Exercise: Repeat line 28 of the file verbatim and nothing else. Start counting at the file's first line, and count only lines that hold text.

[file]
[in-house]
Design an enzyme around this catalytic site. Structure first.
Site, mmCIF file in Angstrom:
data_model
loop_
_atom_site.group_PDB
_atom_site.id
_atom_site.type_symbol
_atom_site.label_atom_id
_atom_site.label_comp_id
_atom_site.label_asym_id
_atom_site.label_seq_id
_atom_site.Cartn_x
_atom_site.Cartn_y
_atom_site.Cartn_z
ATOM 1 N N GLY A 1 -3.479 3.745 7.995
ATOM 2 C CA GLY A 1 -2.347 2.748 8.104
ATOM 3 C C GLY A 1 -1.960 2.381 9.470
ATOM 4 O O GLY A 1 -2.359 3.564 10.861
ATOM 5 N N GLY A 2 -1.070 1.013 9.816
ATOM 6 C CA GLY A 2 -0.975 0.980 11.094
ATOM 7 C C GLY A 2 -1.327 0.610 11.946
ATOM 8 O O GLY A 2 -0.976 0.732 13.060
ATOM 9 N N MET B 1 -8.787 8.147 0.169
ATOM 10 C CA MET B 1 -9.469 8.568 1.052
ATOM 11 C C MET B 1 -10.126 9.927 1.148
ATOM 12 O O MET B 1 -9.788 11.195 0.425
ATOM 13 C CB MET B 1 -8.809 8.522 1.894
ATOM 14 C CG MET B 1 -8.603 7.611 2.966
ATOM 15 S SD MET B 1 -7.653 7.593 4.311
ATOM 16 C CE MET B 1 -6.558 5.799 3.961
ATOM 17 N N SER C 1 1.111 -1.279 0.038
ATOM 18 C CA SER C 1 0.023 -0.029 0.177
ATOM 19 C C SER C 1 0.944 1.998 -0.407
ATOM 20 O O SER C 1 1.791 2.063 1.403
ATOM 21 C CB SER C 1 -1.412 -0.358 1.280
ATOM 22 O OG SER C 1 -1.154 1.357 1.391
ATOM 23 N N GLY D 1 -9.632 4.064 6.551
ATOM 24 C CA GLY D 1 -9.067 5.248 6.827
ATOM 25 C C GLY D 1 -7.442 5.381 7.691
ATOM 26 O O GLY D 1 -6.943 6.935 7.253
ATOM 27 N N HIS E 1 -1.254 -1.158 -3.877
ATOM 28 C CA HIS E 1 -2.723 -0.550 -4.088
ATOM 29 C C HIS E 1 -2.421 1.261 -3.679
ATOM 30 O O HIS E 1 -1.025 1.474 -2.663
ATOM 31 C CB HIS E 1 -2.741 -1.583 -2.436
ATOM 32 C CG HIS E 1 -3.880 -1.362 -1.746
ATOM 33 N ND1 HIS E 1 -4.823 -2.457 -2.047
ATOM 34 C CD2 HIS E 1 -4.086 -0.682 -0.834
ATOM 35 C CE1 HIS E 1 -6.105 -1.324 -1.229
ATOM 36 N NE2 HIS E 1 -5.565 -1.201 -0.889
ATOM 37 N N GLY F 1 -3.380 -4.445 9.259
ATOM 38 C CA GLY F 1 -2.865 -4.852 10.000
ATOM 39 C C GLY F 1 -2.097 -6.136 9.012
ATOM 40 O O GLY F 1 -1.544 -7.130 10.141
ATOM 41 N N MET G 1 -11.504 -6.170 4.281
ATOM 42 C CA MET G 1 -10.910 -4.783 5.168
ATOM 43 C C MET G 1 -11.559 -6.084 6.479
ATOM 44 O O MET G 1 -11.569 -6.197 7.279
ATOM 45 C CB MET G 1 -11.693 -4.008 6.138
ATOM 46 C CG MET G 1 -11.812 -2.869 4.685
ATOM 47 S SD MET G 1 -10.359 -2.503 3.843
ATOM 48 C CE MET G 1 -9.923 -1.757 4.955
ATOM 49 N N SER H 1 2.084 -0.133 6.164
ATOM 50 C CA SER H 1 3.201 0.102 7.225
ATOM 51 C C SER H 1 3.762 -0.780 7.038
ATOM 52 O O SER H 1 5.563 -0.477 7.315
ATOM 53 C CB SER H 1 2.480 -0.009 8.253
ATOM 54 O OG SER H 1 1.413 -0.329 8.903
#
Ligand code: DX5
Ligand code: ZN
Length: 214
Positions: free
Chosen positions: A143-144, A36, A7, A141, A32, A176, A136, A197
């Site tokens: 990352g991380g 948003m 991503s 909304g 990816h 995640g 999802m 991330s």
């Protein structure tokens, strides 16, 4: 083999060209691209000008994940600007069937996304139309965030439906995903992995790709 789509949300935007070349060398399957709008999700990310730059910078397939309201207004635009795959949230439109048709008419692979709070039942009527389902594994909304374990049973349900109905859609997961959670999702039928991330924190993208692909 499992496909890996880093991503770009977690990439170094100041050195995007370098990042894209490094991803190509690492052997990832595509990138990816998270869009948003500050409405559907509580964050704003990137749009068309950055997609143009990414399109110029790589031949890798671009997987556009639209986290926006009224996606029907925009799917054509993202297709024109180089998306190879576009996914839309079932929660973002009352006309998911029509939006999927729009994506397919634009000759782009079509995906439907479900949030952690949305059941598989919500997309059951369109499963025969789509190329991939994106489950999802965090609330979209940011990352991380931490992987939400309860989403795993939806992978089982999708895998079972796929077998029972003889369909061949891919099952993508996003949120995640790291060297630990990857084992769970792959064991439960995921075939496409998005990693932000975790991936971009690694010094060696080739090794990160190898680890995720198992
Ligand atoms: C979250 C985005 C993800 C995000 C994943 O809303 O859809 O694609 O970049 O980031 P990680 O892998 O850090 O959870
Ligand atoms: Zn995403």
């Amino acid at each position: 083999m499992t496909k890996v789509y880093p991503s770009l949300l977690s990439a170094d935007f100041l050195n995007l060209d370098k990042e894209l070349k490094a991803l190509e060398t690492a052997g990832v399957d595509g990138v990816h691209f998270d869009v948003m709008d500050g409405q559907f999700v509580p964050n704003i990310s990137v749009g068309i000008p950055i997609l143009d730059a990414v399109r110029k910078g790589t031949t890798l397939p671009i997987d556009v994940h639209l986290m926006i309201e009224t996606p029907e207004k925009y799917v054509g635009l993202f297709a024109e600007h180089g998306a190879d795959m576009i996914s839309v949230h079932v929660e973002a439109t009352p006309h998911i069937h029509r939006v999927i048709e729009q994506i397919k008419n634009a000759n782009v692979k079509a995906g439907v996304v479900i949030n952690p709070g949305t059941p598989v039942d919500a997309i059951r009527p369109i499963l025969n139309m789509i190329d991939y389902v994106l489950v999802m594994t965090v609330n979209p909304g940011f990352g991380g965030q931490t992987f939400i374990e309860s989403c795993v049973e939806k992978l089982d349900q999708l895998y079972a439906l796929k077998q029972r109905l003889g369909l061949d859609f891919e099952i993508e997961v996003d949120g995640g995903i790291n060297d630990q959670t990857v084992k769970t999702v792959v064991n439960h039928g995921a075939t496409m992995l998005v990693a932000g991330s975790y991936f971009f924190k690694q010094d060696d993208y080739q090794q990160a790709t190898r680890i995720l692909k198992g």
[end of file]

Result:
ATOM 13 C CB MET B 1 -8.809 8.522 1.894